Sub-titled programming is not further captioned in normal circumstances. While some individuals may prefer more text to cover the video images, it is CBC’s view that, on balance, the marginal gain from the addition of captioning for the hearing impaired is outweighed by the additional video lost.
While CBC shares Mr. Clark’s commitment to the highest quality of closed captioning, it is, perhaps, impossible to achieve as Mr. Clark defines it, within the real-world broadcast environment and with finite resources. His complaints fall into the following categories:
Mr. Clark alleges that CBC in-house captioners are unqualified. This is untrue. CBC hires the best qualified persons available, usually experienced captioners, or university graduates with a major in English. They are subject to testing designed specifically to evaluate captioning abilities. CBC uses an in-house guide to maximize consistency in style. Interpretation and judgment may differ slightly among captioners.
Mr. Clark cites the use of upper case. CBC policy for use of upper case is consistent with the correct usage as stipulated in the CAB closed captioning guidelines. Any departures from that standard are rare. Misuse of character encoding and misjudgment in positioning are also rare. There is no disregard for quality, but the high-stress, time-sensitive broadcast environment may result in some captioning errors. CBC will schedule a review of protocols with our staff, as well as our outside service providers, to further reinforce the importance of consistency and quality in the captions created.
Use of scroll-up vs. pop-on captioning
Mr. Clark cites CBC’s use of scroll-up captions on fictional narrative programming. This is relatively rare as most prime time programming comes to CBC complete with pop-on captions. We calculate that 63% of a typical broadcast day on the CBC main network and 80% of non-live programming are captioned with pop-on captions. Exceptions may occur when CBC must apply captioning on a short-timeline prior to broadcast, or when CBC must edit previously pop-on-captioned films for time. Certain editing equipment strips captions which must be recreated. Occasionally a distributor delivers uncaptioned programming less than 48 hours prior to broadcast. In these cases, the program or film may be re-captioned using the scroll-up method.
Mr. Clark is correct in his assertion that CBC chooses the use of scroll-up over pop-on captions in many instances due to time and resource constraints. It is worth noting that the CAB guidelines state, “off-line roll-up captions are being used more and more frequently as an acceptable alternative to off-line pop-on captions” and “when deadlines are extremely tight, roll-up captions can be prepared more quickly than pop-on.” Captioning with pop-on captions takes four times as long as captioning with scroll up captions.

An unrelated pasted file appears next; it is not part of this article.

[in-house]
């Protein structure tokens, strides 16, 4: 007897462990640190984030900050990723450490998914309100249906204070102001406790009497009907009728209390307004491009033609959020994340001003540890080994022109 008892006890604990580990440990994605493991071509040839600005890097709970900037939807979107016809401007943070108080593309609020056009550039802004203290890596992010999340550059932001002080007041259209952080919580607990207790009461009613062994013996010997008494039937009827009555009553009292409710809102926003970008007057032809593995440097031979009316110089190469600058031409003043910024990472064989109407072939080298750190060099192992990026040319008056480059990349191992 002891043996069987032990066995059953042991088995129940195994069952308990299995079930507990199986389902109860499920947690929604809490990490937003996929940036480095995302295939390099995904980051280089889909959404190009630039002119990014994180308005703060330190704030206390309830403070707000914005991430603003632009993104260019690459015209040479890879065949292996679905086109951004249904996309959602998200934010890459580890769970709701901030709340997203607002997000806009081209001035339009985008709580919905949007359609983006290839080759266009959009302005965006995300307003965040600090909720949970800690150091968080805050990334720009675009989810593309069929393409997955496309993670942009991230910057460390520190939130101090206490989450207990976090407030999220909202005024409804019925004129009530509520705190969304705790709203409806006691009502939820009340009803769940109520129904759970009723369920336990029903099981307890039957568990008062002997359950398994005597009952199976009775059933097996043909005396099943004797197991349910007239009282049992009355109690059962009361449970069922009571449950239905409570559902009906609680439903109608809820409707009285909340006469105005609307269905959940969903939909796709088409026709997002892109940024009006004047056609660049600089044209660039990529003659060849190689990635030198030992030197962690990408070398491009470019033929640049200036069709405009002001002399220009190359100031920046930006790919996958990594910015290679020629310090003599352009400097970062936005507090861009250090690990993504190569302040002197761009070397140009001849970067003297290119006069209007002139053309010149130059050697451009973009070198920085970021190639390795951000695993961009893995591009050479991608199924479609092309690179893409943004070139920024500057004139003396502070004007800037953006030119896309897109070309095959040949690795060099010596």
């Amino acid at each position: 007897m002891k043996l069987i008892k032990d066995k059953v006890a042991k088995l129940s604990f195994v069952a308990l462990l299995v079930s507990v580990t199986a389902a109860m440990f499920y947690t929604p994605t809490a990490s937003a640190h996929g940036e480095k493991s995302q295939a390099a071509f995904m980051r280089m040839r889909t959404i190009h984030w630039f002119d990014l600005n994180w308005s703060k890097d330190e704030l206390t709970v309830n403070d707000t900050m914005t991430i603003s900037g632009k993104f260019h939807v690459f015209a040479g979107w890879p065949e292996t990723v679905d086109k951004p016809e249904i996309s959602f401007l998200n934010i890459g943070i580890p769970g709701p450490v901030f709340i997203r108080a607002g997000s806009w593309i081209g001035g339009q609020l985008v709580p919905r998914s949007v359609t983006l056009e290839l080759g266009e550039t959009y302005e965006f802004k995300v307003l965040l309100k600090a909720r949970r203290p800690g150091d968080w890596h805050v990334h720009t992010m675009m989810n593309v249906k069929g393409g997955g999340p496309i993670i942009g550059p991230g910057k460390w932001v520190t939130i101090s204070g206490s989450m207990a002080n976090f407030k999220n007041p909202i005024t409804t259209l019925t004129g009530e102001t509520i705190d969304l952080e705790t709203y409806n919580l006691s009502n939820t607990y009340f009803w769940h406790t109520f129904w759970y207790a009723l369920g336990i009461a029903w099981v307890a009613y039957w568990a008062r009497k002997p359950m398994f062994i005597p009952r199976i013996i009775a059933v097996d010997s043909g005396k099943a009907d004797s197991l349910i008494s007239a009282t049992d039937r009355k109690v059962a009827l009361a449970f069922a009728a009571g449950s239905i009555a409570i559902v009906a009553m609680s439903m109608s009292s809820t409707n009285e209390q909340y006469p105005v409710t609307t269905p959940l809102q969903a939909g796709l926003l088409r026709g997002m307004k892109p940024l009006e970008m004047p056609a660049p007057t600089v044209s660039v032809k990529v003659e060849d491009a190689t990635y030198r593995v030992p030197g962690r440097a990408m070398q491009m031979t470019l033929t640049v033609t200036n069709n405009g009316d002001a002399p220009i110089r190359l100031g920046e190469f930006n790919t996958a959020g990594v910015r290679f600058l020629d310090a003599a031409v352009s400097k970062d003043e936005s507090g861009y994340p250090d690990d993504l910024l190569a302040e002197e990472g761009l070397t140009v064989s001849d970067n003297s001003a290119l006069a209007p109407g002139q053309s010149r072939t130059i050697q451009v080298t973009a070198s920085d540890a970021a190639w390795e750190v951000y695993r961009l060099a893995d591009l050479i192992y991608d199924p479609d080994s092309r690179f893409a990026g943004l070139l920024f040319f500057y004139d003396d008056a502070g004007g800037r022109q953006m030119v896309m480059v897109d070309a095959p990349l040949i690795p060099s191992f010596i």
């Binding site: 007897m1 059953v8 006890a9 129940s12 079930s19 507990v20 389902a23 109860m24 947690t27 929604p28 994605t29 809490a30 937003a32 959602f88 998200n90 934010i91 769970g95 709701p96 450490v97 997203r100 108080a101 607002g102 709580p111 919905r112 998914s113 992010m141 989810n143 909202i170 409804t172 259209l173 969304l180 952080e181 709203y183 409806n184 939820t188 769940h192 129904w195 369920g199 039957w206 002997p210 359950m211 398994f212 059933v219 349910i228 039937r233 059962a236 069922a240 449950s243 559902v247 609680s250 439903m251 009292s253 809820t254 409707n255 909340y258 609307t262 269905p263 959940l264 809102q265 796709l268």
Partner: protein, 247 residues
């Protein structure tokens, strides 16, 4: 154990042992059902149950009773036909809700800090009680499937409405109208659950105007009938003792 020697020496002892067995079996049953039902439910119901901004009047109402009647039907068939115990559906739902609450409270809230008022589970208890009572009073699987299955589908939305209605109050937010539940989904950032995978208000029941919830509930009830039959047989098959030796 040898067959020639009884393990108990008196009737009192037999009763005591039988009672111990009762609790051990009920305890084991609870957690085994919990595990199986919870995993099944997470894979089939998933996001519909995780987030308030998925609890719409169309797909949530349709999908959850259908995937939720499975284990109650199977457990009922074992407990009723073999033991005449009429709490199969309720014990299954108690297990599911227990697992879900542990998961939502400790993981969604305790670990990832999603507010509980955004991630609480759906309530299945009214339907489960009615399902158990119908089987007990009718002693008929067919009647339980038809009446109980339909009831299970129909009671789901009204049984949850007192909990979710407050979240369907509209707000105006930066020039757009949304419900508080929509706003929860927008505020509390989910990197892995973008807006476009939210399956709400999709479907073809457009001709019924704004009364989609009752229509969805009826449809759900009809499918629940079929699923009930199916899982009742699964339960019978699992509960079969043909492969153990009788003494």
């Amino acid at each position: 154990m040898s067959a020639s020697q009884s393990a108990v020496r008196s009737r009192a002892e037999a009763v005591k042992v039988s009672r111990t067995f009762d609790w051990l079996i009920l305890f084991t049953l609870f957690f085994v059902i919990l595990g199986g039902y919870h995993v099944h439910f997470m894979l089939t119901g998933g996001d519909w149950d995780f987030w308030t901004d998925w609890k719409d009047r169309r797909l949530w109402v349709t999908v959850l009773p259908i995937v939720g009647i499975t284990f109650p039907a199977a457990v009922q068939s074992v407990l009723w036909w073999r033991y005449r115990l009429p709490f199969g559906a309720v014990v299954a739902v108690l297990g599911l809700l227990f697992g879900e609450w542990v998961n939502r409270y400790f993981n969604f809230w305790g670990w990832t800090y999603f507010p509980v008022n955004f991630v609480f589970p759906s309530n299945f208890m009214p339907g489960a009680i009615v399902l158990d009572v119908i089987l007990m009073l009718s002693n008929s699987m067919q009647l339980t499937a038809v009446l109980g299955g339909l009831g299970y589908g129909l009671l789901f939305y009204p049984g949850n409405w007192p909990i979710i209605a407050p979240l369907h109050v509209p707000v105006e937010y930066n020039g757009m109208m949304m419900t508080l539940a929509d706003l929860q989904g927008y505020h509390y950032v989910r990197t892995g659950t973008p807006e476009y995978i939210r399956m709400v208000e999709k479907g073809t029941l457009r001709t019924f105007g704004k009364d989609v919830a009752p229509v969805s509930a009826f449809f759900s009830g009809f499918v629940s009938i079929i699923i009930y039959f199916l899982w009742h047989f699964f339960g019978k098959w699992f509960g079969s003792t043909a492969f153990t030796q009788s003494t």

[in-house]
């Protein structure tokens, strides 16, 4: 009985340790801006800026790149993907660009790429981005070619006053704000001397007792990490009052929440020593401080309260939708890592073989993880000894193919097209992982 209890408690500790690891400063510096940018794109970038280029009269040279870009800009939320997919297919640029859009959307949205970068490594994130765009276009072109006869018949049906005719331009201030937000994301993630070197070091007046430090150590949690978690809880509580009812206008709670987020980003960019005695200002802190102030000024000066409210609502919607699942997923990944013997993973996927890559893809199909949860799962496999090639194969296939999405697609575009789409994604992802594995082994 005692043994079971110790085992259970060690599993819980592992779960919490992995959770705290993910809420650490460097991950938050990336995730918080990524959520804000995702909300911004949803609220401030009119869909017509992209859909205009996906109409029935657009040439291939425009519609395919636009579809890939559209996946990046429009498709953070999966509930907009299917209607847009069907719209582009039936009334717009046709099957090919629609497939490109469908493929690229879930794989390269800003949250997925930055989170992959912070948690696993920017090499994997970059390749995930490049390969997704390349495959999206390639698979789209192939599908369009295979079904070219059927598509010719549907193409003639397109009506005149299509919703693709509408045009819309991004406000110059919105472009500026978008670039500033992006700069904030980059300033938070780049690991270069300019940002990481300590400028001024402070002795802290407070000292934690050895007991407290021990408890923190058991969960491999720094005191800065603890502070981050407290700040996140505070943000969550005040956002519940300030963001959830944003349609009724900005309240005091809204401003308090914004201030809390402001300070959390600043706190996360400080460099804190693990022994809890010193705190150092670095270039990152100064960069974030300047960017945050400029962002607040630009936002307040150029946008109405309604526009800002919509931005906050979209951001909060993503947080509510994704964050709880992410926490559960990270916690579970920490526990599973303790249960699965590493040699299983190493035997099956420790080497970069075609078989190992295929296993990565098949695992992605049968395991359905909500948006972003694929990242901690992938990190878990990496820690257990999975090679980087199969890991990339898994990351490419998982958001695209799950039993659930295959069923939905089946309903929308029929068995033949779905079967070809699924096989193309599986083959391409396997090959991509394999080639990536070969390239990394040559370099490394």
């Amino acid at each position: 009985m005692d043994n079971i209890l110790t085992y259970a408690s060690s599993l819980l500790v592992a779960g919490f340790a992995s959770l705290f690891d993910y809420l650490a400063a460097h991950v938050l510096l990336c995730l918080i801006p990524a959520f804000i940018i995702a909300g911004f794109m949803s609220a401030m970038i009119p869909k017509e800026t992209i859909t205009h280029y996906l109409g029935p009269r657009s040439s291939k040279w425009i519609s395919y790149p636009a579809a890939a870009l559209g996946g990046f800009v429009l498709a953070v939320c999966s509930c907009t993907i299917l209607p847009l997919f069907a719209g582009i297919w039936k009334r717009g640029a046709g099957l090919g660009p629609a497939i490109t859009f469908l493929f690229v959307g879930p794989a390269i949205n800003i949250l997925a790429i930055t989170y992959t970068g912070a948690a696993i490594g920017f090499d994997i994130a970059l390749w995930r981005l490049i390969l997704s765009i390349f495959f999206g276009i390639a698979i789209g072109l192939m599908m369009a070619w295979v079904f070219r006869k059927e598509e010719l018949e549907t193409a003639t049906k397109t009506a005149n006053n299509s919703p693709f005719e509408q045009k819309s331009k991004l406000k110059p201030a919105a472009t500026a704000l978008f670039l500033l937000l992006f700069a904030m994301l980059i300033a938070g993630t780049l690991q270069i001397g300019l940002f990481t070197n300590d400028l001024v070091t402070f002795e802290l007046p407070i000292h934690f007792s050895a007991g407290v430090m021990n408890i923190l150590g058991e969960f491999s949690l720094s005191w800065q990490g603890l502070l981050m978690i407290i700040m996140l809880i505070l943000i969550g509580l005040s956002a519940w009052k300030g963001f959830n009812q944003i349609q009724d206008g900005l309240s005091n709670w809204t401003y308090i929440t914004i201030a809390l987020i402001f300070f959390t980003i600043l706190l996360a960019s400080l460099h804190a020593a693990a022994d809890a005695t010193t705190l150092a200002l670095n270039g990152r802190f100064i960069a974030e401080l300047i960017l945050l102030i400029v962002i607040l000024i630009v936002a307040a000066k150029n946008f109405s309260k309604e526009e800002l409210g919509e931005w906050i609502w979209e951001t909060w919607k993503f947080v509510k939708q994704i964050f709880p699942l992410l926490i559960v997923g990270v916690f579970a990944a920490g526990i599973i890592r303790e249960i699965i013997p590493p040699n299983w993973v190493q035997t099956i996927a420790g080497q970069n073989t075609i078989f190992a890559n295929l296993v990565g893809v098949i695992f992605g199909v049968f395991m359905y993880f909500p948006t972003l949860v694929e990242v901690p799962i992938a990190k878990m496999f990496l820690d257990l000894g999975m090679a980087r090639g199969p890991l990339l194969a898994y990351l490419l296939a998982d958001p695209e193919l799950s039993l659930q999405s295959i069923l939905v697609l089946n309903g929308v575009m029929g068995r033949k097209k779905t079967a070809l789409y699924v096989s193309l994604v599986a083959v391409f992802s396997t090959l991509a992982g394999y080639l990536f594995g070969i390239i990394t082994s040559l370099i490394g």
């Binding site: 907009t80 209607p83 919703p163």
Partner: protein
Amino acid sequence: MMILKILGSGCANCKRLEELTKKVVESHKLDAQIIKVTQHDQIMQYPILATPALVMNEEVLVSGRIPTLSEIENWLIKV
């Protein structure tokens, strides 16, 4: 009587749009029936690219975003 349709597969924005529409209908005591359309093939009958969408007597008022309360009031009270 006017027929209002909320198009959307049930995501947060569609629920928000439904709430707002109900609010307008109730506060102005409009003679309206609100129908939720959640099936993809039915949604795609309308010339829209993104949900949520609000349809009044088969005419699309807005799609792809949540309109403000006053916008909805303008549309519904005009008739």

Mr. Clark cites the example of “The Greatest Canadian”, and points out that there was time for described video (DV) to be produced for this series. In fact, the production of DV for this series was extremely challenging for both the network presentation areas and the description service as the last minute delivery of the finished programs left inadequate time for pop-on captioning.
Reuse of real-time captions
CBC currently leaves in place the original real-time captions when programs that have been captioned in real time are repeated. To recaption all this programming would be prohibitively expensive without significantly increasing the value of the captioning.
Re-captioning of real-time captioned programming
CBC Newsworld may recaption real-time programming that has previously been captioned on the main CBC network. While these programs may look identical to the viewer when broadcast on Newsworld, they have been repackaged with new intros and other elements. Mr. Clark points out that the real-time captioner simply stops if there are apparent pop-on captions. We have identified a possible operational adjustment that could improve the presentation of such programming.
Mr. Clark’s conclusions about CBC’s attitude to closed captioning are totally without foundation. CBC is always interested in providing the best captioning available and a thorough investigation of the specific issues brought forward in Mr. Clark’s complaint has been undertaken. We have identified several opportunities for improvement. We will continue to review procedures and associated resource requirements in accordance with industry standards and responses from consumer groups and will provide you with further results of our investigation when they are available.
Yours very truly,
- Ian Alexander
- Heather Boyce
- Brigitte Ouellet
See also: First letter